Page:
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February 18, 2012 · 11:57 am
A review of Spin: A Novel by Catherine McKenzie.
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December 22, 2010 · 3:14 pm
“I feel like the 1960’s is about to happen. It feels like a period in the future to me, rather than a period in the past.” Paul McCartney, 1994
After the Falls: Coming of Age in the Sixties – A Memoir by Catherine Gildiner (Viking; $25.95; 368 pages)
This is a memoir that I simply didn’t understand, and let me try to explain why. Memoirs – literally, a telling of personal memories – generally fall into one of two categories. In the first, the writer self-examines his or her own life very closely (if not microscopically) and critically. These generally conclude with life lessons and the writer’s unflinching willingness to accept responsibility for the mistakes he or she has made. With the second category, the writer plays it for laughs. Basically, he/she says, “I was young and irresponsible. I know that now, but back then I was such a fool. Oh, well, such is life!”
In After the Falls, Catherine Gildiner refuses to place herself in either category. She writes here about a life filled with errors and omissions but then declines to accept responsibility for her own role in it. (She’s shocked when a crime happens in front of her very eyes; a boyfriend lies to her – actually he simply fails to tell her the truth; she acts hatefully toward her parents, etc.) In a sense she commits one of the worst offenses imaginable in life, which is to be a mere observer of her actions and inactions.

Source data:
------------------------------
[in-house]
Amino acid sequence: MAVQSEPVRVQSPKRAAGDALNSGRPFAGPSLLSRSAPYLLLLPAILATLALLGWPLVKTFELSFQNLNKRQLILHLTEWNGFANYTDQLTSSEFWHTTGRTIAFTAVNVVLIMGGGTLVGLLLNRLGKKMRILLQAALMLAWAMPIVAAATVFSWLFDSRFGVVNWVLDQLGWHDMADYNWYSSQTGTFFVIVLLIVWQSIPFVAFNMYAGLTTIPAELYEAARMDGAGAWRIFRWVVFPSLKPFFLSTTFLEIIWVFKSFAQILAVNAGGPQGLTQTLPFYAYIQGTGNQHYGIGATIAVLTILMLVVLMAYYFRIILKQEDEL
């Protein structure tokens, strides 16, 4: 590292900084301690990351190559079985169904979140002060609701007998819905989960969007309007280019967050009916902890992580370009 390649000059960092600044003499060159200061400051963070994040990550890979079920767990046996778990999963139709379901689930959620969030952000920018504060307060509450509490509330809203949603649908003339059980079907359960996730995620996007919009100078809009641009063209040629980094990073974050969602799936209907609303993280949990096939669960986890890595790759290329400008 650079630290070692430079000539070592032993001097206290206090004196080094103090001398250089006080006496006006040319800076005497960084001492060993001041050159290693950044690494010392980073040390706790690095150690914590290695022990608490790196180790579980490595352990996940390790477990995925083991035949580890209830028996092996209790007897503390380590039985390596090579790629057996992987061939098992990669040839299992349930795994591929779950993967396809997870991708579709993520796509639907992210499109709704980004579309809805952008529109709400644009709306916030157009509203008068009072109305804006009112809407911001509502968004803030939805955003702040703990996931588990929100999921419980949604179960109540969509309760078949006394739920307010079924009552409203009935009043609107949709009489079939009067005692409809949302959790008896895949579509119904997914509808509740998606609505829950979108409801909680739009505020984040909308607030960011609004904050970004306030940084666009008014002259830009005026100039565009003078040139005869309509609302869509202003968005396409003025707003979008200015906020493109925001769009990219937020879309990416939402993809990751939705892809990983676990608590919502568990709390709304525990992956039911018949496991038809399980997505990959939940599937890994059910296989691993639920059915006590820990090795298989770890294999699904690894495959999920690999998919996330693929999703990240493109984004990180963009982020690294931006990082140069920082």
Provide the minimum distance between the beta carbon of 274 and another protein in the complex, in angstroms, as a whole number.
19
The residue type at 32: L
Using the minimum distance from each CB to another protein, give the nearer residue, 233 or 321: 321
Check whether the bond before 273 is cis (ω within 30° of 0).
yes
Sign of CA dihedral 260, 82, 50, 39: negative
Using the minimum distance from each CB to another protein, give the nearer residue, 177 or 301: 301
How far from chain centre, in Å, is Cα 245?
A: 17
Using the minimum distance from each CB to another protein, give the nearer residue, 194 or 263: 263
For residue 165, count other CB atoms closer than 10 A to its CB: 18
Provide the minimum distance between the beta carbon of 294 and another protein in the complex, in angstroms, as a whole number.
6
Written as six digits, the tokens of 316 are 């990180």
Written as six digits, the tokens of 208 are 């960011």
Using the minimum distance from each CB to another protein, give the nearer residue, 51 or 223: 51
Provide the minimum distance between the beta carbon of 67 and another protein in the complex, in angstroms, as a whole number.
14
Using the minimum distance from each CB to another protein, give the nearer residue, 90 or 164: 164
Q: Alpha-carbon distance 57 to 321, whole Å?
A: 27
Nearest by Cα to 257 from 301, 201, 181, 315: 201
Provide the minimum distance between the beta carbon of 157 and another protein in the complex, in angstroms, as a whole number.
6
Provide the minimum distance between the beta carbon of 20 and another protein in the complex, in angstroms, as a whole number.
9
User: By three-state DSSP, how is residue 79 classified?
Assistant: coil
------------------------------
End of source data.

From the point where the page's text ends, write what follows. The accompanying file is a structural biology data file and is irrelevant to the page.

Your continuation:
Let me give a specific example of her disclaiming of responsibility. At one point, she writes about observing the gang rape of a presumably underage girl while hiding in the closet of a female friend’s house. The rape is instigated by the friend’s older brother. Does Gildiner report the crime to anyone? No. Does it even make her angry? Apparently not, although she thinks now and then about the girl who was repeatedly violated, but… But she rejects any responsibility on not one, but multiple instances within the pages of After the Falls. This raises a key question that must be asked: If one does not want to accept responsibility for things that happened decades earlier, why write a book that tells the entire world about those actions? (In other words, what is the point of all this?)
I did not read Gildiner’s earlier memoir Too Close to the Falls, but I did notice one person’s comment to the effect that this memoir is darker and more depressing than Too Close. Well, yeah. Frankly, I found it a bit dangerous as well as depressing.
It’s also, sadly, in this reviewer’s eyes a bit of a distortion of what it was like to grow up in the 1960s. There was a lot of excitement about human potential and about the leaders who later fell – beginning with John Kennedy and extending through Martin Luther King, Jr. and Robert F. Kennedy. There was also the Civil Rights Movement (touched upon tangentially in these pages), and great music. But this memoir would lead one to think that the entire decade was, in the words of one notable rock band, “a drag…”, as in “What a drag it is getting up.”